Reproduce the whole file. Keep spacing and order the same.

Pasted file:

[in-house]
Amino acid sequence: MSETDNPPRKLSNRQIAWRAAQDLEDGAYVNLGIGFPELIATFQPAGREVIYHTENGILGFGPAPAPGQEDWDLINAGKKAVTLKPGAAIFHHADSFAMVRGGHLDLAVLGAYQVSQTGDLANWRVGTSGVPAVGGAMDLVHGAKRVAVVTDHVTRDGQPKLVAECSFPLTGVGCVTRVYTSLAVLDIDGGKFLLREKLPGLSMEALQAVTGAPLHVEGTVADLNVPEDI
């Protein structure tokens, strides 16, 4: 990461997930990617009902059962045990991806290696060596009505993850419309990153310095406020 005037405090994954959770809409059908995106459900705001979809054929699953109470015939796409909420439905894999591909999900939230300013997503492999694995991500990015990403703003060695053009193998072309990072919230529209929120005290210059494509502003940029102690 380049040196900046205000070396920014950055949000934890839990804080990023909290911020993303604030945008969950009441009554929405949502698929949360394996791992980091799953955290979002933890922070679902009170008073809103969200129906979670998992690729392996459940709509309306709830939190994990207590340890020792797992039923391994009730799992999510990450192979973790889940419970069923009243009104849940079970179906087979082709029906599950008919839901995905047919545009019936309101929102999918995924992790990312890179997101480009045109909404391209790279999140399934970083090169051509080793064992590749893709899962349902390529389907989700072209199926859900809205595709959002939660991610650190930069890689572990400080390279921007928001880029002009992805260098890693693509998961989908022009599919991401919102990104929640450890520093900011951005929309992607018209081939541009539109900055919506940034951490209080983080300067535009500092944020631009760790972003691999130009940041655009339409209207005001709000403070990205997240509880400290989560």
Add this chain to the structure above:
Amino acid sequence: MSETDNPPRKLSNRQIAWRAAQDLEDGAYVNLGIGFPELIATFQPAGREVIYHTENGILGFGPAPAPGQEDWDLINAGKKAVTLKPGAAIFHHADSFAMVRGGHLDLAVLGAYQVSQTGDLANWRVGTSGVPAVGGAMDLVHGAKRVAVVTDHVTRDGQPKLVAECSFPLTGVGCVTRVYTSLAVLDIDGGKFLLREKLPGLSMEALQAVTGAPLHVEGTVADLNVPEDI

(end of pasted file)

[in-house]
Amino acid sequence: MSETDNPPRKLSNRQIAWRAAQDLEDGAYVNLGIGFPELIATFQPAGREVIYHTENGILGFGPAPAPGQEDWDLINAGKKAVTLKPGAAIFHHADSFAMVRGGHLDLAVLGAYQVSQTGDLANWRVGTSGVPAVGGAMDLVHGAKRVAVVTDHVTRDGQPKLVAECSFPLTGVGCVTRVYTSLAVLDIDGGKFLLREKLPGLSMEALQAVTGAPLHVEGTVADLNVPEDI
């Protein structure tokens, strides 16, 4: 990461997930990617009902059962045990991806290696060596009505993850419309990153310095406020 005037405090994954959770809409059908995106459900705001979809054929699953109470015939796409909420439905894999591909999900939230300013997503492999694995991500990015990403703003060695053009193998072309990072919230529209929120005290210059494509502003940029102690 380049040196900046205000070396920014950055949000934890839990804080990023909290911020993303604030945008969950009441009554929405949502698929949360394996791992980091799953955290979002933890922070679902009170008073809103969200129906979670998992690729392996459940709509309306709830939190994990207590340890020792797992039923391994009730799992999510990450192979973790889940419970069923009243009104849940079970179906087979082709029906599950008919839901995905047919545009019936309101929102999918995924992790990312890179997101480009045109909404391209790279999140399934970083090169051509080793064992590749893709899962349902390529389907989700072209199926859900809205595709959002939660991610650190930069890689572990400080390279921007928001880029002009992805260098890693693509998961989908022009599919991401919102990104929640450890520093900011951005929309992607018209081939541009539109900055919506940034951490209080983080300067535009500092944020631009760790972003691999130009940041655009339409209207005001709000403070990205997240509880400290989560």
Add this chain to the structure above:
Amino acid sequence: MSETDNPPRKLSNRQIAWRAAQDLEDGAYVNLGIGFPELIATFQPAGREVIYHTENGILGFGPAPAPGQEDWDLINAGKKAVTLKPGAAIFHHADSFAMVRGGHLDLAVLGAYQVSQTGDLANWRVGTSGVPAVGGAMDLVHGAKRVAVVTDHVTRDGQPKLVAECSFPLTGVGCVTRVYTSLAVLDIDGGKFLLREKLPGLSMEALQAVTGAPLHVEGTVADLNVPEDI